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I want to solve the following exercise from Dummit & Foote's Abstract Algebra text (p. 185 Exercise 15):

Let $p$ be an odd prime. Prove that every element of order $2$ in $GL_2(\mathbb{F}_p)$ is conjugate to a diagonal matrix with $\pm 1$ on the diagonal. Classify the groups of order $2p^2$. [If $A$ is a $2 \times 2$ matrix with $A^2=I$ and $v_1,v_2$ is a basis for the underlying vector space, look at $A$ acting on the vectors $w_1=v_1+v_2$ and $w_2=v_1-v_2$.]

I can't see how to use the hint in the brackets. However, assuming that the conjugacy classes in $GL_2(\mathbb{F}_p)$ of elements of order two are $\{\text{diag}(1,-1) \}=\{\text{diag}(-1,1) \},\{\text{diag}(-1,-1) \}$, I try to classify the groups of order $2p^2$ as follows:

There are two abelian groups of order $2p^2$: $Z_{p^2} \times Z_2$ and $Z_p \times Z_p \times Z_2$.

Let $G$ be a non-abelian group with $|G|=2p^2$ ($p$ is odd). Let $H \leq G$ be a Sylow $p$-subgroup of $G$. Since $|G:H|=2$, $H$ is normal in $G$. Also, the possible isomorphism types of $H$ are $Z_{p^2}$ and $Z_p \times Z_p$.

Let $K=\langle x \rangle \leq G$ be a Sylow 2-subgroup. Since $G=HK$ and $H \cap K=1$ we have $G \cong H \rtimes_\varphi K$ for some (non-trivial) homomorphism $\varphi:K \to \text{Aut}(H)$.

  • We begin with the case where $H \cong Z_{p^2}$ is cyclic: In that case $\text{Aut}(H) \cong Z_{p^2-p}$ is cyclic, hence admits a unique subgroup $\langle \sigma \rangle$ of order 2. The only non-trivial homomorphism in this case is defined by $\varphi(x)=\sigma$.

  • Now we turn to the case where $H \cong Z_p \times Z_p$ is elementary abelian: In this case $\text{Aut}(H) \cong GL_2(\mathbb{F}_p)$, and the discussion above makes room for at most two non-isomorphic semi-direct products. This depends on whether $\varphi(x)=\text{diag}(1,-1)$ or $\text{diag}(-1,-1)$.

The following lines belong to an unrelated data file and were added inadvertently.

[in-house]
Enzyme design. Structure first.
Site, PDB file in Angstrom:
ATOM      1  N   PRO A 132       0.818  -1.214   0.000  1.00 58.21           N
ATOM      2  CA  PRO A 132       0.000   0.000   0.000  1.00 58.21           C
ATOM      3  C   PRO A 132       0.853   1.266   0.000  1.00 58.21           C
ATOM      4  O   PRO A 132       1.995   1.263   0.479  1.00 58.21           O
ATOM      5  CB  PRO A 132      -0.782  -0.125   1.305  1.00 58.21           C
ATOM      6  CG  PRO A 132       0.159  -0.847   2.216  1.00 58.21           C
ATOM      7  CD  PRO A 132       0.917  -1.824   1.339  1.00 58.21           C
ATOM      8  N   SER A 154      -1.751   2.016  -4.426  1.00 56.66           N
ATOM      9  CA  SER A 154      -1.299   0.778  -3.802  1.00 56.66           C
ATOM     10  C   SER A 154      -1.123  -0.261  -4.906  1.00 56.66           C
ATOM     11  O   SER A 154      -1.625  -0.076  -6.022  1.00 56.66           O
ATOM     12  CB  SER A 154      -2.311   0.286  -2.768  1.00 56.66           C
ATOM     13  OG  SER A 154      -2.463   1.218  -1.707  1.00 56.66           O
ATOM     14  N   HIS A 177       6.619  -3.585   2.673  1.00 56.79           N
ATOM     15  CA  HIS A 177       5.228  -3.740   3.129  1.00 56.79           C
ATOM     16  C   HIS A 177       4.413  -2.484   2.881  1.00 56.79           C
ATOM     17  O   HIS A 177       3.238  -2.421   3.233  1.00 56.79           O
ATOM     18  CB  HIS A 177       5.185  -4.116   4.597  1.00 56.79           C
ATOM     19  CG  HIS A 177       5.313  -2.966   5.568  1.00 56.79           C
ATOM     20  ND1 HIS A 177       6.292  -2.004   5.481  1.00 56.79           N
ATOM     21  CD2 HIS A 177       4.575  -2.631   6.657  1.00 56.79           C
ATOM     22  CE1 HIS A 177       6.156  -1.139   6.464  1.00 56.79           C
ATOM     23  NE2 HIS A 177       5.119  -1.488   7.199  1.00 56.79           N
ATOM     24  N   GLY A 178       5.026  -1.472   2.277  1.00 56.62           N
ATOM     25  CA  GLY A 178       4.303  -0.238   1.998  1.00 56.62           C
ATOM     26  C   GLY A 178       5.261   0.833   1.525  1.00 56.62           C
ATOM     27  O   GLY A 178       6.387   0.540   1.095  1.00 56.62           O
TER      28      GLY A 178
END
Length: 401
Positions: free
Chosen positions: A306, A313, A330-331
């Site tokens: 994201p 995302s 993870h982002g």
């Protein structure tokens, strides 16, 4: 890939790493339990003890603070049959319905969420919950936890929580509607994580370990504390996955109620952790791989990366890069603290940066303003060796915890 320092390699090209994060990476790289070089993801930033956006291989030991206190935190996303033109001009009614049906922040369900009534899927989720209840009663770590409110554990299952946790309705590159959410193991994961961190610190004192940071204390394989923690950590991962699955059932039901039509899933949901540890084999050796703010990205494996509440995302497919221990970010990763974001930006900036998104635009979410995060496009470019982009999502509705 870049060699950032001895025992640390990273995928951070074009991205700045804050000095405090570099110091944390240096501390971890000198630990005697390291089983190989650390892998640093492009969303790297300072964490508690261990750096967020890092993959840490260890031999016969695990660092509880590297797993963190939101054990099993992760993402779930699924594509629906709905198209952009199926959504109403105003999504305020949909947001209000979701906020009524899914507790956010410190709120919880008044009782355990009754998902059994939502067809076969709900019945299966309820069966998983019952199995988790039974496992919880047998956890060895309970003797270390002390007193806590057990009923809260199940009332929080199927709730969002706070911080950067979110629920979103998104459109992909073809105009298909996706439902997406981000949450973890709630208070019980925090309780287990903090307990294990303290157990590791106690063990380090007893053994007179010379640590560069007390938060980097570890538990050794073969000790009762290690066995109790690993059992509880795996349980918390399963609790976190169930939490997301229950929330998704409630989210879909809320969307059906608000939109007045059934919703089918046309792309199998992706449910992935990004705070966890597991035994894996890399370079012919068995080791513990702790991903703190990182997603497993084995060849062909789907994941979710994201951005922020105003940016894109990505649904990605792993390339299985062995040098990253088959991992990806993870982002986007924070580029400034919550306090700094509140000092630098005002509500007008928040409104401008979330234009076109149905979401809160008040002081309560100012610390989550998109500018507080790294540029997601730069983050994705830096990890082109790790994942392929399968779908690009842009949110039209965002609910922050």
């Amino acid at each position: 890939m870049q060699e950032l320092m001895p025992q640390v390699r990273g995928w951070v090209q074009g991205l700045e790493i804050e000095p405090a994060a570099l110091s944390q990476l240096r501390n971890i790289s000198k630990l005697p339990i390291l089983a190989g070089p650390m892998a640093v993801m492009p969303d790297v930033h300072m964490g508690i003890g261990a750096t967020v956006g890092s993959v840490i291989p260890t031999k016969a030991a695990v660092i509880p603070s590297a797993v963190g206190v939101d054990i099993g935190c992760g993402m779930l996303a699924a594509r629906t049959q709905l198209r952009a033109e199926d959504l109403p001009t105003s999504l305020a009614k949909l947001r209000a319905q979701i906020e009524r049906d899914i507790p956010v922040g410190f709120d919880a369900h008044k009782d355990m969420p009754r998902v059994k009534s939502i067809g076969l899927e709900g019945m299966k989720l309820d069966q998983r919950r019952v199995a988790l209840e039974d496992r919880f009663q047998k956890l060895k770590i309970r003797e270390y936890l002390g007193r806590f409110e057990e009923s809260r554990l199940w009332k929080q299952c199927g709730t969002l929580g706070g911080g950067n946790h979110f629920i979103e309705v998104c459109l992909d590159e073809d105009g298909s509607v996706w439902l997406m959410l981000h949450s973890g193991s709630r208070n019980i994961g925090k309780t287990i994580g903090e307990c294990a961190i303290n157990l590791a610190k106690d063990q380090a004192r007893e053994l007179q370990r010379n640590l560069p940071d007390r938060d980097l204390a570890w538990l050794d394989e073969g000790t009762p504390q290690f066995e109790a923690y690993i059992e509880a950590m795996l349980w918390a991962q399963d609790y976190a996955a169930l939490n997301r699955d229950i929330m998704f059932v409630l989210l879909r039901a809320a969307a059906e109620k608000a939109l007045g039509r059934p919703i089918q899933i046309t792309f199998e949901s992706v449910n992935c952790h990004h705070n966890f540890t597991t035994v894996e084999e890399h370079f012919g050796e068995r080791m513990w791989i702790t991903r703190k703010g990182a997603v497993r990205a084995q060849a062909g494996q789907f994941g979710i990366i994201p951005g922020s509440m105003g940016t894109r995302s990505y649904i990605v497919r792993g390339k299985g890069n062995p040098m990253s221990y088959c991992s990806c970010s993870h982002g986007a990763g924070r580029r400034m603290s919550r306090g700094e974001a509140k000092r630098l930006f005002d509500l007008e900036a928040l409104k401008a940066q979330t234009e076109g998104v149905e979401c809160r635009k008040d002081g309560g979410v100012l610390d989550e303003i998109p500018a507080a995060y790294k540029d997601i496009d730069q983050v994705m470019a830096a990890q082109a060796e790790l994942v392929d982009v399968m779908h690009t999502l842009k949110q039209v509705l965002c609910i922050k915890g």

I'd like some help with the following:

  1. How can one use the hint in the brackets in order to find the conjugacy classes of elements of order 2?

  2. How can I show that the last two semi-direct products are indeed not isomorphic to each other?

Thanks!

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Suppose that $A$ is not diagonal. Then $$Av_1=av_1+bv_2$$ and $$Av_2=cv_1+dv_2$$ for some elements $a,b,c,d$, with one of $b,c\neq 0$. Thus we have $$A(v_1-v_2)=(a-c)v_1+(b-d)v_2$$ and $$A(v_1+v_2)=(a+c)v_1+(b+d)v_2$$ Thus $$v_1-v_2=(a-c)(av_1+bv_2)+(b-d)(cv_1+dv_2)=(a(a-c)+c(b-d))v_1+(b(a-c)+d(b-d))v_2$$ and $$v_1+v_2=(a+c)(av_1+bv_2)+(b+d)(cv_1+dv_2)=(a(a+c)+c(b+d))v_1+(b(a+c)+d(b+d))v_2$$ Thus $$ab+db+(bc+d^2)=1$$ $$ab+db-(bc+d^2)=-1$$ $$a^2+bc+(ac+cd)=1$$ $$a^2+bc-(ac+cd)=1$$ Thus $$b(a+d)=c(a+d)=0$$ and $$a^2+bc=1$$ Since $A$ is not diagonal, at least one of $b$ or $c$ is not $0$, hence $d=-a$ regardless of the basis we chose. Since $(I+A)(I-A)=0$, either $A=I$, $A=-I$, or $I+A$ and $I-A$ are both nonzero and not invertible. Thus $A$ has an eigenvector, so $A$ is conjugate to an upper triangular matrix. If this upper triangular matrix is not diagonal, then $a^2=1$ and the determinant is $-1$ (since it is equal to $-a^2-bc$). Let $$A=\left(\begin{array}{cc}\pm 1&b\\0&\mp 1\end{array}\right)$$ We have $$A^2=\left(\begin{array}{cc}1&0\\\mp b& 1\end{array}\right)$$ Since this is in fact the identity, $b=0$ and the conjugacy result follows.

To see that the two groups are not isomorphic, suppose $A$ has the automorphism as $-I$ and $B$ does not. Note that an isomorphism $A\to B$ would have to send the unique $p$-subgroup to the unique $p$-subgroup and also send the $2$-subgroup to some conjugate of $K$. Via an inner automorphism we may assume that the subgroup corresponding to $K$ is mapped to $K$. This means there is some basis under which $\varphi$ acts as $-I$ and some basis under which $\varphi$ acts as $\mathrm{diag}(1,-1)$. However, this is impossible as the two matrices are not conjugate. Thus $A$ and $B$ are not isomorphic.

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  • $\begingroup$ Why is $A$ conjugate to an upper triangular matrix? $\endgroup$ – user1337 Feb 4 '15 at 5:07
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    $\begingroup$ @user1337 I made it explicit. $\endgroup$ – Matt Samuel Feb 4 '15 at 6:58
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    $\begingroup$ @user1337 I just realized that using $I-A^2=0$ makes the hint useless because it actually shows that $A$ has a basis of eigenvectors. $\endgroup$ – Matt Samuel Feb 4 '15 at 7:36
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    $\begingroup$ Thanks! That's a great observation $\endgroup$ – user1337 Feb 4 '15 at 10:54
  • $\begingroup$ How it follows that if the upper triangular matrix is not diagonal $a^2=1$? $\endgroup$ – Anupam Ah Aug 29 '17 at 13:09

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